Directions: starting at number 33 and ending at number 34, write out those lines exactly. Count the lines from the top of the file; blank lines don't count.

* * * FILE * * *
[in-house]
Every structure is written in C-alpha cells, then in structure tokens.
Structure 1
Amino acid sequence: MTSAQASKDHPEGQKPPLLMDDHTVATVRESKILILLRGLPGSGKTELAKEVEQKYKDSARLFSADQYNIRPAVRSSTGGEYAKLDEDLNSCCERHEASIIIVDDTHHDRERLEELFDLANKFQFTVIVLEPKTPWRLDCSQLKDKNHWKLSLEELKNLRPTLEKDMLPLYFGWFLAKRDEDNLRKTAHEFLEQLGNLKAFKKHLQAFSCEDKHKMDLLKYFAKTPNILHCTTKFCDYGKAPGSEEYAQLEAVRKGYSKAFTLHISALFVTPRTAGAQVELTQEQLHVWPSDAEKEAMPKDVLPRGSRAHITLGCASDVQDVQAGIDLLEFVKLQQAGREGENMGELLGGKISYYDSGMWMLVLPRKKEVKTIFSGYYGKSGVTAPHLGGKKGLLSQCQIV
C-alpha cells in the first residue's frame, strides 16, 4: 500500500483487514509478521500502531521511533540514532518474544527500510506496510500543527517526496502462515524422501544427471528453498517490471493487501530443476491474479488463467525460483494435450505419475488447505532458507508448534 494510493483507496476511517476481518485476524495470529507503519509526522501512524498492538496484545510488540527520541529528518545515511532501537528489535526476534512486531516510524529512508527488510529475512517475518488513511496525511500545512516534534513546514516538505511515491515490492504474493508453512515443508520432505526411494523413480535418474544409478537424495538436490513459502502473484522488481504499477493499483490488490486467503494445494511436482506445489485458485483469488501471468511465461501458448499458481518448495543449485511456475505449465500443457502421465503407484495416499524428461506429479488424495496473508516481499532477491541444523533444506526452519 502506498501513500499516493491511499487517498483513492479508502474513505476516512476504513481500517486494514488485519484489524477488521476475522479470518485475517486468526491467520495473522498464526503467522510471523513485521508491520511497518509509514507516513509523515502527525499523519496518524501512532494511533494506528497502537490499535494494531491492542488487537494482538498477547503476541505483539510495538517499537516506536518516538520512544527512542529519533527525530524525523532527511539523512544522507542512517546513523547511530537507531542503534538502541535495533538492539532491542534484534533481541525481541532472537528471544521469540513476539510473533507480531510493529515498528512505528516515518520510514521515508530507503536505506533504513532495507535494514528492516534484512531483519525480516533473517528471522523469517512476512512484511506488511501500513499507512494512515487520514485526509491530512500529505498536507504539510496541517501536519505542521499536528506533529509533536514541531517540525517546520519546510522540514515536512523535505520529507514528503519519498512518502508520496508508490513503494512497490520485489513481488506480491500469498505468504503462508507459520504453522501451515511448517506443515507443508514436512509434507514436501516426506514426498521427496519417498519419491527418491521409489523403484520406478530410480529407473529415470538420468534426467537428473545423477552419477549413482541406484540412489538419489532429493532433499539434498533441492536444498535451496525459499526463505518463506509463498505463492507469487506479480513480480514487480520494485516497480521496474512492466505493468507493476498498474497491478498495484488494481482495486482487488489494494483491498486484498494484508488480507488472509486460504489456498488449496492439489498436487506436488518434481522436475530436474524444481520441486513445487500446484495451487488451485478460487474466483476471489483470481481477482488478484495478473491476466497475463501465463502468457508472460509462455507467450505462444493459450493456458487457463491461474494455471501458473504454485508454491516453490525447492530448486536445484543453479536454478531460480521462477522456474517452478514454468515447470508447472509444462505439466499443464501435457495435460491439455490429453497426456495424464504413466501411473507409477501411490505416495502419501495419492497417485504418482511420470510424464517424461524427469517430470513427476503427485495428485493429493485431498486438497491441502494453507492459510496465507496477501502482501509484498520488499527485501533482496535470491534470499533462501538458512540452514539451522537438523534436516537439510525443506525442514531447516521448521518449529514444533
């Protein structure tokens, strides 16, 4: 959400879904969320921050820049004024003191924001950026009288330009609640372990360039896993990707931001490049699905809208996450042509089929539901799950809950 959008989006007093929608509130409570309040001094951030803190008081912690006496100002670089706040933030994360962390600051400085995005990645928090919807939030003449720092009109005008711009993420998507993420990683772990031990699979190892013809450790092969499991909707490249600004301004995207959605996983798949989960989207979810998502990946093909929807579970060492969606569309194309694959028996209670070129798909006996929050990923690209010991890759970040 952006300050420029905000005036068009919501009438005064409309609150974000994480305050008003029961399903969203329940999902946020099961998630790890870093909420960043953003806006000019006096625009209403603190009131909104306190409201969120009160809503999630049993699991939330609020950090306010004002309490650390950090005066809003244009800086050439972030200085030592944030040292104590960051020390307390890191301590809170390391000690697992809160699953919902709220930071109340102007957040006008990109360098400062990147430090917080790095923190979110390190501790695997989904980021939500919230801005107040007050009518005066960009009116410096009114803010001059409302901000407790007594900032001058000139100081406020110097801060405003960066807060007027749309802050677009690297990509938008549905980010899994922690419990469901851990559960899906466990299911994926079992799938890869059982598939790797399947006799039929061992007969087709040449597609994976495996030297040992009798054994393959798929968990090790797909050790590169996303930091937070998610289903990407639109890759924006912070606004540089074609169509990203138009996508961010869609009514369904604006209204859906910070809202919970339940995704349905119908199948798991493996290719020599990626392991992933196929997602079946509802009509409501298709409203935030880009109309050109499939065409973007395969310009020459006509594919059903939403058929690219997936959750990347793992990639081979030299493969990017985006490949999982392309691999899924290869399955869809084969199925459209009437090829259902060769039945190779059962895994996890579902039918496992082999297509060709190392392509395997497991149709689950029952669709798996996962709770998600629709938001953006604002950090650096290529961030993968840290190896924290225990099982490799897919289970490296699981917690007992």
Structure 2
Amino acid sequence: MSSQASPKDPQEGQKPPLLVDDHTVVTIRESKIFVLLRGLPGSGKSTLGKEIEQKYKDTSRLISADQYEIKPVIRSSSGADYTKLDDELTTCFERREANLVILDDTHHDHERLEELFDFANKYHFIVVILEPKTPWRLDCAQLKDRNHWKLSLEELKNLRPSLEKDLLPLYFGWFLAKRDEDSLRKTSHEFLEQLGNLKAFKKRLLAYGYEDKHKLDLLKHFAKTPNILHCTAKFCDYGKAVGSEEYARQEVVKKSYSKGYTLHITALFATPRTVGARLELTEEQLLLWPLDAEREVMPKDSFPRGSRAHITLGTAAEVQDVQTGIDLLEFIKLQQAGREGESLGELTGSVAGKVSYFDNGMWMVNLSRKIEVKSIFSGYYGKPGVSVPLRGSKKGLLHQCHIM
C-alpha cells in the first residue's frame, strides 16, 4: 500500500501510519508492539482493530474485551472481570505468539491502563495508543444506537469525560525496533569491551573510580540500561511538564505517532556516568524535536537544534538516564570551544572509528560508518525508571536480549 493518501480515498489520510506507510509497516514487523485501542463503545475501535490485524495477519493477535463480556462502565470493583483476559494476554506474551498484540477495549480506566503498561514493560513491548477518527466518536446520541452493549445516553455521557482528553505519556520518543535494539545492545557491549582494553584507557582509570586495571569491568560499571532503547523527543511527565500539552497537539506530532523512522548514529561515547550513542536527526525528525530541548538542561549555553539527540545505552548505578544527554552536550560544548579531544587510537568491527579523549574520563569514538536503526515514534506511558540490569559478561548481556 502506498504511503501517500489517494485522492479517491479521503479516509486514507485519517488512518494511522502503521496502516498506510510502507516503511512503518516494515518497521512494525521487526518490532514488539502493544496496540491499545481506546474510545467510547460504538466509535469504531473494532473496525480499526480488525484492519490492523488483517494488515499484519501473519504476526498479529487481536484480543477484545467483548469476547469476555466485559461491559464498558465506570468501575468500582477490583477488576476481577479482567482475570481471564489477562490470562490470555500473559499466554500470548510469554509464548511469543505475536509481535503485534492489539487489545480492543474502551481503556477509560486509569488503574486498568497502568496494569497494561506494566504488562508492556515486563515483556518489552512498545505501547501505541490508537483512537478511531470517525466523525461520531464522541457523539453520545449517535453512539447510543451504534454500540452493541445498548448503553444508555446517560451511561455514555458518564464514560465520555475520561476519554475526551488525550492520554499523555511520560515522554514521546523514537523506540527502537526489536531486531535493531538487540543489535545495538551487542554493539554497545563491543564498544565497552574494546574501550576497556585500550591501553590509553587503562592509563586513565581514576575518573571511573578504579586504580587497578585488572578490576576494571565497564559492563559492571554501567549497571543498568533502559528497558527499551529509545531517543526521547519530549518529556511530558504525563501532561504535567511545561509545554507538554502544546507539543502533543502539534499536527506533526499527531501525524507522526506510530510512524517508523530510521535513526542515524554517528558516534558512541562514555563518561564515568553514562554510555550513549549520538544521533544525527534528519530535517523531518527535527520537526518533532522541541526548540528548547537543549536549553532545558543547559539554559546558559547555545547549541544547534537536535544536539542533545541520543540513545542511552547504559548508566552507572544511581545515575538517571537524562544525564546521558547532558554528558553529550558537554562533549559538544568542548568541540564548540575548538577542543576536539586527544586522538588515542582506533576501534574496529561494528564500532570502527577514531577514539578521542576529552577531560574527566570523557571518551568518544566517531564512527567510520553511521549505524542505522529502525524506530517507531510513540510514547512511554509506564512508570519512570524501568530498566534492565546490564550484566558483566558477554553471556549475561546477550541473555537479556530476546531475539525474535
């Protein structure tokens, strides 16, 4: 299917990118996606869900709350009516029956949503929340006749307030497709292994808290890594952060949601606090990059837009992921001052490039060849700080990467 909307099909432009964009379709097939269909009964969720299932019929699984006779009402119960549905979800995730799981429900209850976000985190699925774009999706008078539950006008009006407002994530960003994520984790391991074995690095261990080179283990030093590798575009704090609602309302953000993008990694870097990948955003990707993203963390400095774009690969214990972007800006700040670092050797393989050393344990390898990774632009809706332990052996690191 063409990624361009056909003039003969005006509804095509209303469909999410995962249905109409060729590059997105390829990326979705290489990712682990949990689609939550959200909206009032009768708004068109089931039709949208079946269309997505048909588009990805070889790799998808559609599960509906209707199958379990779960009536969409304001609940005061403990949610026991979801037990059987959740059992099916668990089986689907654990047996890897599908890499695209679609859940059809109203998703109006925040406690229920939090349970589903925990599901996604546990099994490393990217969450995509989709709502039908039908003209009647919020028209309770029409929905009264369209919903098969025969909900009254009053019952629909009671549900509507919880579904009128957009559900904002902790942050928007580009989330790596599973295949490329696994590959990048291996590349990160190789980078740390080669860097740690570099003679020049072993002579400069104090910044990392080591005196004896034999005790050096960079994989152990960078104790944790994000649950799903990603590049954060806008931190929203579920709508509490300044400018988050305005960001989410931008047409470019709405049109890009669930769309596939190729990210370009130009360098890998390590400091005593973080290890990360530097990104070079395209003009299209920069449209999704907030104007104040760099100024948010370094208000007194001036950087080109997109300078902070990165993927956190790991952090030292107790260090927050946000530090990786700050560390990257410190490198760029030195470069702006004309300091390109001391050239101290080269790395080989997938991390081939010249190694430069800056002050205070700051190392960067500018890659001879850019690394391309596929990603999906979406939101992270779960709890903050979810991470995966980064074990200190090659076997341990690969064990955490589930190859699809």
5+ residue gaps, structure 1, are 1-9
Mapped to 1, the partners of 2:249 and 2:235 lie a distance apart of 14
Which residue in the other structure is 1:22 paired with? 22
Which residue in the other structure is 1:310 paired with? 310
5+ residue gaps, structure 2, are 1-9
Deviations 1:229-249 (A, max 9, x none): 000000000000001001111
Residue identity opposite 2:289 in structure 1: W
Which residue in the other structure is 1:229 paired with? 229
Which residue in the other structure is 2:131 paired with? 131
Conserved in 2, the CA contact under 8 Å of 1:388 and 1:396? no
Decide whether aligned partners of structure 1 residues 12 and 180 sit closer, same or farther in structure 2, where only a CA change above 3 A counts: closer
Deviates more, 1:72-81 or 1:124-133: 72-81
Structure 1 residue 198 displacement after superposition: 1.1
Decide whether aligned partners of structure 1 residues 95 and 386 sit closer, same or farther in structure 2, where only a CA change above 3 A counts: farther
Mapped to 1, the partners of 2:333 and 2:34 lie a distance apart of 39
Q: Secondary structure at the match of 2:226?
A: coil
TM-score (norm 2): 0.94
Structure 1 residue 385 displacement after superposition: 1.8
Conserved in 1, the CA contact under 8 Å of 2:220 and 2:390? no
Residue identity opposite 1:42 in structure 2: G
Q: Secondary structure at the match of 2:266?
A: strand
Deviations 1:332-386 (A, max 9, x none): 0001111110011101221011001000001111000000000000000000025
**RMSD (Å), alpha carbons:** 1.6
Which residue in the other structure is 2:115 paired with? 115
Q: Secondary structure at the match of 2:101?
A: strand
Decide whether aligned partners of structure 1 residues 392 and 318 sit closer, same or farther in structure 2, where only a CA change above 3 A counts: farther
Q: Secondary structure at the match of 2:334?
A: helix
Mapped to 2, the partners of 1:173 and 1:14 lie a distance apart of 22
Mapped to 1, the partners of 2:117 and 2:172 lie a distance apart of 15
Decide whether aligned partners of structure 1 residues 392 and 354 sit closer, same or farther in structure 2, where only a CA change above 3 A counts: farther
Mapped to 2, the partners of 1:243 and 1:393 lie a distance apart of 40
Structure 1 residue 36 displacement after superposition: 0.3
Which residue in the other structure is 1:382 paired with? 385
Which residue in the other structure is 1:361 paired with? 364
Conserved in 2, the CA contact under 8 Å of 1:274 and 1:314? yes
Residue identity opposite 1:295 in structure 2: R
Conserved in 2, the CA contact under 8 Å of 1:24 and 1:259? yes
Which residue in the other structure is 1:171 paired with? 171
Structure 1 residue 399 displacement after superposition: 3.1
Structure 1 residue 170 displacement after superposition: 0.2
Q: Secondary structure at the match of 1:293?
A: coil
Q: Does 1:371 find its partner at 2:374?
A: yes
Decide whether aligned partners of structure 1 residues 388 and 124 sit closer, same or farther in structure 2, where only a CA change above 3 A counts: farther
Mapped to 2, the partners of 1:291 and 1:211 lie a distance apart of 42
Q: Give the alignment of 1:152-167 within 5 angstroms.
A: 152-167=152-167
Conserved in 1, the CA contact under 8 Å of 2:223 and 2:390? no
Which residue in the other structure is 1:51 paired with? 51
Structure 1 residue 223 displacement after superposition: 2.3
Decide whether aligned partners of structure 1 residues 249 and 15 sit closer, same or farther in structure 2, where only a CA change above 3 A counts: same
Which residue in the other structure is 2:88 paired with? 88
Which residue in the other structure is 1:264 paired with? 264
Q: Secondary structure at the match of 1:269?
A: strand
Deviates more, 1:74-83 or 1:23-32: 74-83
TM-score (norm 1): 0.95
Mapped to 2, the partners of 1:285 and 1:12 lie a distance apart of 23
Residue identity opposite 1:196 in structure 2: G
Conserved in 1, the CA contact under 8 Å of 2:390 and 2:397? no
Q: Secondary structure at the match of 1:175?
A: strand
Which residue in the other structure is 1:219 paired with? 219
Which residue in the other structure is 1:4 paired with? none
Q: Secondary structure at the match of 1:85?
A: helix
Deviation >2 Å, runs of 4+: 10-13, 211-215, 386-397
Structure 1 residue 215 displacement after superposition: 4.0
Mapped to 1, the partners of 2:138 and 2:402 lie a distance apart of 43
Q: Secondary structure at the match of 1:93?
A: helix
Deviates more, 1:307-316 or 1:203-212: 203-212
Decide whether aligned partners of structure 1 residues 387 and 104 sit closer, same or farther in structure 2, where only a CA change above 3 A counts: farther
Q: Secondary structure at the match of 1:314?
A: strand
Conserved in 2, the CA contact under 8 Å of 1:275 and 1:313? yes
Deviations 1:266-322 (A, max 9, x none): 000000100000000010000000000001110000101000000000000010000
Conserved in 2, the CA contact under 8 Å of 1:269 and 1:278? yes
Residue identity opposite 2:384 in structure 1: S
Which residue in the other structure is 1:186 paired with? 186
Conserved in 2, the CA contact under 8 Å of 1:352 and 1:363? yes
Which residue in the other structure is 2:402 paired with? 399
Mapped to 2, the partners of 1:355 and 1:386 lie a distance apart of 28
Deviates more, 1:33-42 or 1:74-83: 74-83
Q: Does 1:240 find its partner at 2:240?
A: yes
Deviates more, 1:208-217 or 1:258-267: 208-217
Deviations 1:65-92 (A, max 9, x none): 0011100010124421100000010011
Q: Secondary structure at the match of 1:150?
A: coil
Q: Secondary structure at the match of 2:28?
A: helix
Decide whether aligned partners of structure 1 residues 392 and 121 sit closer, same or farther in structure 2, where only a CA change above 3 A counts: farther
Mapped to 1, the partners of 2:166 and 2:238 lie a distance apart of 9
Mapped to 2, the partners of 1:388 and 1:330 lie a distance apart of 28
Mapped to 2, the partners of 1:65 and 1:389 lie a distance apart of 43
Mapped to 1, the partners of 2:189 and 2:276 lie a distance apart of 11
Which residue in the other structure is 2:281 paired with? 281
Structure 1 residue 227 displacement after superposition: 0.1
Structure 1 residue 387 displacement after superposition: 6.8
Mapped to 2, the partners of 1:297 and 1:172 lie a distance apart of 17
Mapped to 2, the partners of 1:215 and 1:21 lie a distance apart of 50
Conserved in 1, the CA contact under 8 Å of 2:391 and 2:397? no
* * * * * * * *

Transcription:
A: strand
Deviations 1:332-386 (A, max 9, x none): 0001111110011101221011001000001111000000000000000000025